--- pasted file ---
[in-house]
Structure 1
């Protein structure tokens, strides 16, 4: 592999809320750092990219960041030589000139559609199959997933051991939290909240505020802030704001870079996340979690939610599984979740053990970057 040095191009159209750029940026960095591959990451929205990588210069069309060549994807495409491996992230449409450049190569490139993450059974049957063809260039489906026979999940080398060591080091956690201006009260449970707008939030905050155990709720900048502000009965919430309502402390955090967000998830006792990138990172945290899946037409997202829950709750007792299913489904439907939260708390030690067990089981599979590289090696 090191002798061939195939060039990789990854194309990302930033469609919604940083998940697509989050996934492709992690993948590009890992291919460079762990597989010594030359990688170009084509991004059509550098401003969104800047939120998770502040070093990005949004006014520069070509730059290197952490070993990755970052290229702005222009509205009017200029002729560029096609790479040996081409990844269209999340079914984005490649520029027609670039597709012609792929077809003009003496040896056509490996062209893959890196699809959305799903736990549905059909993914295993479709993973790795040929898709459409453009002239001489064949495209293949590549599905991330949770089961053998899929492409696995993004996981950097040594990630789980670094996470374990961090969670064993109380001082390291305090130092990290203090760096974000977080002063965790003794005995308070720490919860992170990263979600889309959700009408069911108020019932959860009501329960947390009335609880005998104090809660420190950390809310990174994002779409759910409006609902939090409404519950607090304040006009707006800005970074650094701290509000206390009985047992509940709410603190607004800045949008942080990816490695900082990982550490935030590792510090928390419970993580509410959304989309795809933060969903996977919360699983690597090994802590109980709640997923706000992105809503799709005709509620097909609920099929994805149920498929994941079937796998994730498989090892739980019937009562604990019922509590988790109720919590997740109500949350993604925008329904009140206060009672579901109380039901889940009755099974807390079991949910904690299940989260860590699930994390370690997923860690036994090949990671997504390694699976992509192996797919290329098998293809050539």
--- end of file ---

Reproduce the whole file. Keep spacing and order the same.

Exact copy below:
[in-house]
Structure 1
């Protein structure tokens, strides 16, 4: 592999809320750092990219960041030589000139559609199959997933051991939290909240505020802030704001870079996340979690939610599984979740053990970057 040095191009159209750029940026960095591959990451929205990588210069069309060549994807495409491996992230449409450049190569490139993450059974049957063809260039489906026979999940080398060591080091956690201006009260449970707008939030905050155990709720900048502000009965919430309502402390955090967000998830006792990138990172945290899946037409997202829950709750007792299913489904439907939260708390030690067990089981599979590289090696 090191002798061939195939060039990789990854194309990302930033469609919604940083998940697509989050996934492709992690993948590009890992291919460079762990597989010594030359990688170009084509991004059509550098401003969104800047939120998770502040070093990005949004006014520069070509730059290197952490070993990755970052290229702005222009509205009017200029002729560029096609790479040996081409990844269209999340079914984005490649520029027609670039597709012609792929077809003009003496040896056509490996062209893959890196699809959305799903736990549905059909993914295993479709993973790795040929898709459409453009002239001489064949495209293949590549599905991330949770089961053998899929492409696995993004996981950097040594990630789980670094996470374990961090969670064993109380001082390291305090130092990290203090760096974000977080002063965790003794005995308070720490919860992170990263979600889309959700009408069911108020019932959860009501329960947390009335609880005998104090809660420190950390809310990174994002779409759910409006609902939090409404519950607090304040006009707006800005970074650094701290509000206390009985047992509940709410603190607004800045949008942080990816490695900082990982550490935030590792510090928390419970993580509410959304989309795809933060969903996977919360699983690597090994802590109980709640997923706000992105809503799709005709509620097909609920099929994805149920498929994941079937796998994730498989090892739980019937009562604990019922509590988790109720919590997740109500949350993604925008329904009140206060009672579901109380039901889940009755099974807390079991949910904690299940989260860590699930994390370690997923860690036994090949990671997504390694699976992509192996797919290329098998293809050539």